Cross-cultural weaning in a South African context - Part 2

Posted by Kath Megaw on 24/02/2015

Weaning suggestions for different cultures

The great thing about all these different cultures is that we have access to such a variety of foods that can be used for weaning, many of which have wonderful health benefits for our little ones.  Here are some ideas for moms of different South African cultures:


First foods: Start with 1-3 teaspoons plain soft cooked vegetables once a day. Good vegetables are

  • Sweet potato (Zulu, Xhosa, Sotho, Ndebele, Afrikaans, Indian)
  • Amadumbe (Zulu)
  • Pumpkin leaves or spinach with fibrous stalks removed (Zulu, Sotho, Xhosa, Ndebele)
  • Pumpkin and butternut squash (Zulu, Xhosa, Sotho, Ndebele, Afrikaans, Indian)
  • Green beans and potato (Afrikaans)
  • Beetroot (Sotho).

Avoid cabbage and onion for now as they can cause gas in little tummies. After a few days when baby is used to this meal, give vegetables twice a day.


Second foods: After one or two weeks of vegetables, start to give fruit as a second or third meal. You can give fruit alone or mix it with some of the sweeter vegetables. Stick to fruits that are in season in your area, such as mashed papaya, avocado and apple in winter or mashed banana and peaches in summer.


Third foods: Now is the time to start introducing grains that are gentle on little tummies.

  • Maize meal (which has the added bonus of being fortified with iron and vitamin A) (Zulu, Xhosa, Sotho, Ndebele, Afrikaans)
  • Sorghum (Zulu, Xhosa, Sotho, Ndebele)
  • Millet ( Zulu, Xhosa, Sotho, Ndebele) and finger millet (Indian)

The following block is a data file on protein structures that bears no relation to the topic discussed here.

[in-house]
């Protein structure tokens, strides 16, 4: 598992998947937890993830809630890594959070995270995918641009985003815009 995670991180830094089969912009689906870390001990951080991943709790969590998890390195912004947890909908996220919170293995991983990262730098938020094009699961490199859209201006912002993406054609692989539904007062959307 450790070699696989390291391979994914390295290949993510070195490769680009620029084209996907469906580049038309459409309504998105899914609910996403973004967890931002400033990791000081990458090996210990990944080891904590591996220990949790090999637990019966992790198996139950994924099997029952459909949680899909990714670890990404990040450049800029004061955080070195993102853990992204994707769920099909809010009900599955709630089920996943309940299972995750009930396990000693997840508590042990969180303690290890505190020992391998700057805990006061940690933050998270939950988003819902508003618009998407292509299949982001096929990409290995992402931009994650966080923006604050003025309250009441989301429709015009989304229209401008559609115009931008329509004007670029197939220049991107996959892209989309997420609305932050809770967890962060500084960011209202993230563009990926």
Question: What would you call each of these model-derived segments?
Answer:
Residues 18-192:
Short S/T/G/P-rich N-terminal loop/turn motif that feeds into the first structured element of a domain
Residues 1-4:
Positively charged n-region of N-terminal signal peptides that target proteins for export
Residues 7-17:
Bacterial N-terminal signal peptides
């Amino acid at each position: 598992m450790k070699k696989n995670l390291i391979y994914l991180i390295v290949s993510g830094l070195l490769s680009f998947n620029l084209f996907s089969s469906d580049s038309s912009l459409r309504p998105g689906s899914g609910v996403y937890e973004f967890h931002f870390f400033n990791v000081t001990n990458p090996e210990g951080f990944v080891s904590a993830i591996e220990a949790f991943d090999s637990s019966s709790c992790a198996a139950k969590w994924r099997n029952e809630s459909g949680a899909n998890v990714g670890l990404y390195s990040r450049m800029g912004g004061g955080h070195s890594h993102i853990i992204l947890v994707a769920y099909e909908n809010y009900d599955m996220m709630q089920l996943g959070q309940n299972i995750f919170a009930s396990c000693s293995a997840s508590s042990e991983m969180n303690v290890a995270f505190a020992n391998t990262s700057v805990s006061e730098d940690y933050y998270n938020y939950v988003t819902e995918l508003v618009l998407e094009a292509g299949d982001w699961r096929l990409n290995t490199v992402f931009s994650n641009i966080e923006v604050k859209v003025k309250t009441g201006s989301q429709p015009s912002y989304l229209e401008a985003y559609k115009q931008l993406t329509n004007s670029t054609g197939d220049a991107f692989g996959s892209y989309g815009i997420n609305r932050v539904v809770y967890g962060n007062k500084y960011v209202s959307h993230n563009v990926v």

• Fermented grains such as mageu, ting or si (Zulu, Sotho, Ndebele, Xhosa) are easy to digest, are hygienically safe, contain beneficial bacteria, and improve iron absorption which can be a problem with maize porridges.
  • Rice (Indian, Cape Malay) can cause constipation.


Fourth foods: When baby is eating three meals a day and is happy with solids, you can start to introduce protein foods. When introducing a protein food, wait 3 days between each new food to establish tolerance and allergic reactions.

  • Smooth peanut butter mixed with porridge or vegetables (Ndebele, Sotho),
  • Soft cooked egg
  • Chicken, beef, pork, lamb, mutton, oxtail (Sotho) and fish with bones removed (Cape Malay)
  • Stewing is a popular cooking method in all South African cultures, and is ideal for softening meats
  • Chicken feet (Zulu, Ndebele, Xhosa, Sotho) and tripe (Ndebele) should be included in moderation – these are high in fat and lower in protein than other meats
  • Legumes such as lentils, dhall and red kidney beans (Indian),  porridge mixed with butter beans (Zulu) or samp mixed with sugar beans (Xhosa)
  • Soft fermented dairy such as amasi/maas (Zulu, Xhosa, Sotho, Ndebele, Afrikaans) or yoghurt (Indian)


Spices: When little one is used to a broad spectrum of foods, slowly start to introduce flavours that you usually use in cooking.  If you eat heavily flavoured foods while breastfeeding, baby will be used to the taste from your breastmilk and should adapt well to cinnamon and clove (Afrikaans) or mild spices (Indian, Cape Malay, Zulu. Avoid adding sugar and salt.


Finger foods: Small frikkadels (Afrikaans, Cape Malay), maize dumplings (Sotho), large pieces of unsalted biltong pieces to gum on (Afrikaans) and rusks that can melt in baby’s mouth (Afrikaans) are awesome South African finger foods to develop fine motor skills and facial muscles.


Recipes that compliment this discussion:

Blended Carrot and Lentil mash

Amazi milk and Banana smoothie

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